Though we live in a world of ever-emerging technology and information overload, the timeless power of storytelling still lives on. Perhaps because stories are hard-wired into our psyche and are one of the earliest forms of communication. In this digital era, stories offer us an opportunity to cut through the noise and convey our message in an engaging way. ‘Digital storytelling’ is a relatively new term which describes a way of bringing narratives to life with the use of multimedia tools including audio, imagery, video, social media, interactive elements and, of course, augmented reality.
Digital stories are versatile and can help brands to explain concepts and create different perspectives. Augmented reality offers an immersive quality to this process, by helping audiences to experience stories beyond the edge of the screen. Digital stories are more multifaceted than traditional stories, incorporating non-linguistic elements that lead to new narratives. Multimedia effects are not just augmentations to the story, but are an inseparable part of it, providing the audience with multi-sensory stimulation.
Where traditional storytelling follows a fixed narrative structure, digital storytelling requires slightly different elements. The Center for Digital Storytelling (CDS) in Berkeley, California, has come up with a helpful list of seven elements for creating effective and interesting multimedia stories.
Digital storytelling allows you to express your own unique and personal experience. It is subjective, rather than objective, and so suits a ‘first-person’ format. As with all good stories, if you cast yourself as the storyteller, in the protagonist role, your audience will be keen to hear about something authentic that happened to you. When you decide on what experience you’d like to share, think about what message you want to convey. Why have you chosen this event over any other? What details are important to keep in and what can be left out? Being clear about your message allows you to keep your digital story short and sweet.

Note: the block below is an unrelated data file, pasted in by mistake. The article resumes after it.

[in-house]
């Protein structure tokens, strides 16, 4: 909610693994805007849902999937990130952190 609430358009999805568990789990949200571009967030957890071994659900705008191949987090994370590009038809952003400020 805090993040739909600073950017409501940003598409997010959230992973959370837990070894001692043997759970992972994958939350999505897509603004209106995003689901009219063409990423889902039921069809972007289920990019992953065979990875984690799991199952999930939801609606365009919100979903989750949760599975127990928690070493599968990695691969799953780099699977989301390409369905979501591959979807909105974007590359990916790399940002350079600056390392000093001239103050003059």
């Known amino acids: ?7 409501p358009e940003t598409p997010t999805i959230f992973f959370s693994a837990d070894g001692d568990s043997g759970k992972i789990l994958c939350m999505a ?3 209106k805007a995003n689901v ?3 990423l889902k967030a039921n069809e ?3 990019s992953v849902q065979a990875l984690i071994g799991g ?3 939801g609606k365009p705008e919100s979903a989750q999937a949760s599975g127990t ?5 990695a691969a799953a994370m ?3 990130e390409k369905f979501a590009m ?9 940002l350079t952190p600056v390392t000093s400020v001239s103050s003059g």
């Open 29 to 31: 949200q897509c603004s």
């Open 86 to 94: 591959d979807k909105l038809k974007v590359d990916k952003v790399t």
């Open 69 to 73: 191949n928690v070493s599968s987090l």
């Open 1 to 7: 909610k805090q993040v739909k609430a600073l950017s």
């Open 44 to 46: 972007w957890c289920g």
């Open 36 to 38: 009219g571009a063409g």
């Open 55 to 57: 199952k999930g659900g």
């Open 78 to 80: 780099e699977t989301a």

This particular characteristic distinguishes a digital story from other multimedia formats, such as a promotional showreel. A well-constructed digital story will set up tension at the beginning by asking a compelling question, and hold the audience’s attention until it is resolved at the end. The dramatic question can be subtle and create a certain expectation that can be twisted at the end, surprising and delighting the audience. The more you learn about dramatic structure in storytelling, the more rich and complex your stories will become.
The most effective digital stories are relatable and bring about a strong emotional response. Try to pick a consistent emotional theme that is reflected in all the digital elements you are using in your story, including tone of voice and pace. It helps if you tell a story from the heart and include emotions that you have experienced so that they ring true. Stories that show the protagonist overcoming a weakness or vulnerability serve to inspire the audience as they recognise their own life’s challenges in the narrative.
Though you might not like the sound of your own voice, there is no substitute for using it to tell your story. In doing so, you will reveal a small part of our personality to your audience, meaning they connect with you and what you have to say more easily. Take time to learn and practice your script so that the reading doesn’t feel wooden. Do several recordings and try to keep it as conversational as possible, as if you were speaking to a friend over coffee. The great thing about a digital audio file is that you can mix and match each of the recording takes to achieve the best sound.
Music can enhance a story and create emotional depth to visual imagery, sound effects can also add atmosphere to a piece. However, it’s important to select the accompanying sounds carefully, as too much vocal or audio can serve to distract or irritate the audience. It’s usually easier to avoid music with lyrics. Bear in mind copyright laws when choosing music, using only third party audio which doesn’t require a paid licence. There are plenty of platforms which offer copyright-free collections, including Creative Commons. Alternatively, use your own voice or ask a friend who plays an instrument or mixes tracks to help you out.
According to the CDS, a digital story should consist of short two-three minute vignettes, meaning the creator has to be laser sharp in their focus and discard unnecessary detail. The script should be limited to a single double-spaced page, make sure you scrutinise the use of every word, phrase and pause. Using visual imagery is often more effective than long-winded description and means your audience can fill in the blanks with their imagination.
You can hold the audience’s attention by varying the pace of a digital story; changing the music tempo, tone of narration, duration of visuals and panning and zooming speed. Good stories should feel natural, in the same way that we talk; taking pause for breath and increasing in urgency when we’re impassioned. When revising the script, make sure that the pace doesn’t feel mechanical and contrived.